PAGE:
I was glad that you enjoyed the demo. We’re getting great feedback from the market. We have had a number of employers walk through it with us and say, “I feel so empowered now. I can sit at a strategic meeting, ask questions, and document that I asked this question. Why aren’t we looking at a captive? Why haven’t we done a PBM carve-out?” Maybe it’s not appropriate for you, but at least you have the ability to start asking the questions. We’re hoping that it’s helpful. We have made it so that it’s very cost-effective. We will hopefully add some transparency to the process, which is what most employers are most excited about.

It’s so in line with what we’re trying to accomplish here at BritePath, which is helping our consumers and plan sponsors elevate their IQ and understanding. We have conversations all the time with CFOs, CEOs, and HR directors. Unfortunately, still too often, they’re intimidated. We try to simplify the conversation as much as possible. It is pretty scary what’s been allowed to happen behind the scenes for so long, how in the dark most plan sponsors are, and the narrative that the insurance carriers and the healthcare system have created.

As benefit providers, we didn’t have the data. We assumed that premiums always went up because the healthcare system was always trying to get more money out of them. They were trying to negotiate those fees, and the insurance carrier couldn’t disclose what those contracts look like. There’s an ugly one going on between Mount Sinai and UnitedHealthcare. Years ago, you would never be involved as the consumer but now what’s happening is Mount Sinai is sending out letters to all their patients.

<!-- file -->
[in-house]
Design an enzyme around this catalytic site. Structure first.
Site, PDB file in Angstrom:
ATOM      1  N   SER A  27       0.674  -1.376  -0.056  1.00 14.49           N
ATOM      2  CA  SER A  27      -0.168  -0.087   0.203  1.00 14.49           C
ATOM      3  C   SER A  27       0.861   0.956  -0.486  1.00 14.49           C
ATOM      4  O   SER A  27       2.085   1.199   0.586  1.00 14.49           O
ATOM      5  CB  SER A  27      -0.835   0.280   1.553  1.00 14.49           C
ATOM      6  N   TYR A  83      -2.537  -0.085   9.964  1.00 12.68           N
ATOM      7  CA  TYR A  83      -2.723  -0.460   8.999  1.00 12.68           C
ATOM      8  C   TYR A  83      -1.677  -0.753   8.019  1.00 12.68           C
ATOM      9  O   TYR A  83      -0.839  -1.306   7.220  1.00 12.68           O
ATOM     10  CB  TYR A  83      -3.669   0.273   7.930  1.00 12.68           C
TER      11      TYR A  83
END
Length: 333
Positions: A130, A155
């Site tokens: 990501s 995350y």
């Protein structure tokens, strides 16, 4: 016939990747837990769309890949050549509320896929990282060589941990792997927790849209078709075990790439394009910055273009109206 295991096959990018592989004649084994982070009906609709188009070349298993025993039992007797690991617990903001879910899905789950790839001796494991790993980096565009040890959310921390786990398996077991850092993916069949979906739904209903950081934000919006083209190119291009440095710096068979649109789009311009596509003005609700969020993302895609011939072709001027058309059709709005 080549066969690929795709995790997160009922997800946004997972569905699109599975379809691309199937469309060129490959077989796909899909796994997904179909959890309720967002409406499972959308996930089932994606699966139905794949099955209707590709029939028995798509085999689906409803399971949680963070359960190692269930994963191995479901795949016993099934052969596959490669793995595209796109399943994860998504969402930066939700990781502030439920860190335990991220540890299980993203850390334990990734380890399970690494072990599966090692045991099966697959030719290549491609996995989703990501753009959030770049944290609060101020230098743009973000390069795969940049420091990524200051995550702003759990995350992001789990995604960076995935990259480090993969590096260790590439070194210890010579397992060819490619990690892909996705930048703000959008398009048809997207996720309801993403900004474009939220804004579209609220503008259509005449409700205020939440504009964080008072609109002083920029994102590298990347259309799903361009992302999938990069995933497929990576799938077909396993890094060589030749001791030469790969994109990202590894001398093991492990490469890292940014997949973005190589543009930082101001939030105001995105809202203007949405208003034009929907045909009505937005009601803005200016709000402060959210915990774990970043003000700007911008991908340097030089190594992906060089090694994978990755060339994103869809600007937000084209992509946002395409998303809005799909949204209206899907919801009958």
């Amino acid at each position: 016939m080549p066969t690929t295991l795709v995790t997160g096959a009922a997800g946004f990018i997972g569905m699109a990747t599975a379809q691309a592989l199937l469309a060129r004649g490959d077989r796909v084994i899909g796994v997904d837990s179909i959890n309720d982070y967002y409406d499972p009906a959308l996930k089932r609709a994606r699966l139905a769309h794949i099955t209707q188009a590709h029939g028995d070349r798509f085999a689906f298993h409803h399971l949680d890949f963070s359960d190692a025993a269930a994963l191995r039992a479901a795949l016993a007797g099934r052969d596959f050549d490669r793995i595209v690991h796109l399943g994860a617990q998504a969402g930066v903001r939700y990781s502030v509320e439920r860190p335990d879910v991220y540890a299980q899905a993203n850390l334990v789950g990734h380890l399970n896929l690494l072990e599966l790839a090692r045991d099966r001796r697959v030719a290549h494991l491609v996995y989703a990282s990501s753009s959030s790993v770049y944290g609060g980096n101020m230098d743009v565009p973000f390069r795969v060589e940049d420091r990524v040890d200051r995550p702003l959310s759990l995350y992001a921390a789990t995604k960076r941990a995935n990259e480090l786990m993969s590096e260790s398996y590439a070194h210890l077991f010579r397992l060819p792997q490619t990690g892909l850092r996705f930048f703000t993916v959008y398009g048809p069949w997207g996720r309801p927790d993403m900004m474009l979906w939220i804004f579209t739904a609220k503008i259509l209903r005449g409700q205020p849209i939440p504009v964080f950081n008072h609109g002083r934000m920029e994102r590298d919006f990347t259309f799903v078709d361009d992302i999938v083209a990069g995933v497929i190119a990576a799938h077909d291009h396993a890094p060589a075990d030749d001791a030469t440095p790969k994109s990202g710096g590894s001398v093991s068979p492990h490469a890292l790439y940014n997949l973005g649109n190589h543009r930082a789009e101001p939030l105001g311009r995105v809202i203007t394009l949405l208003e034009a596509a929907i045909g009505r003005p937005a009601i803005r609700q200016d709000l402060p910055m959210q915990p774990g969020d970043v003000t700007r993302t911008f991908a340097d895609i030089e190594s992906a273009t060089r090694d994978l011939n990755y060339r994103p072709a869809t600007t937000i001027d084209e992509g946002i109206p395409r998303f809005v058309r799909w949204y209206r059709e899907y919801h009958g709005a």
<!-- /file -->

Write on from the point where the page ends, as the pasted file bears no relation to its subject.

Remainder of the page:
They’re trying to make Oxford UnitedHealthcare look like the horrible one in this process, “They don’t want us in the network anymore,” but then very interestingly enough, to counter UnitedHealthcare, Oxford sent out emails and has a dedicated website to this saying, “This is why Mount Sinai wants a 50% increase.” You would have never seen that one statement not long ago because it was confidential. They’re playing hardball.

We have some clients who are upset because they think the prospect of losing this healthcare system from the network is upsetting them but then I remind them, “They’re not asking Oxford UnitedHealthcare for a 50% increase. They’re asking Oxford UnitedHealthcare to approve your 50% increase. What happens to your premiums?” There’s no room in that. Oxford UnitedHealthcare doesn’t absorb that increase.

You need to know. Maybe it’s super important for that to be in your system if you are a fiduciary, and you said, “We’re willing to pay more money for this because we need to have Mount Sinai, and we can’t have this alternative that’s 15% less that doesn’t have that healthcare system. That doesn’t work for us.” Maybe that’s part of your process to determine that you’re willing to pay more.

I’m sure that you feel the same way. If you’re an HR director, CEO, or CFO, and you can master this, if you can get involved, not run away from it, go through the process, and elevate your ability to negotiate better prices, you’re going to have a skillset that’s going to make you very powerful and attractive to employers. If you can go to that next employer when you put your resume out and say, “I helped my company not only comply with all their fiduciary responsibilities but in doing so, that helped me reduce our company’s healthcare costs by 10% to 20%,” that’s going to set you apart from your counterparts that still are at the mercy of their brokers and the healthcare system and don’t understand any of this.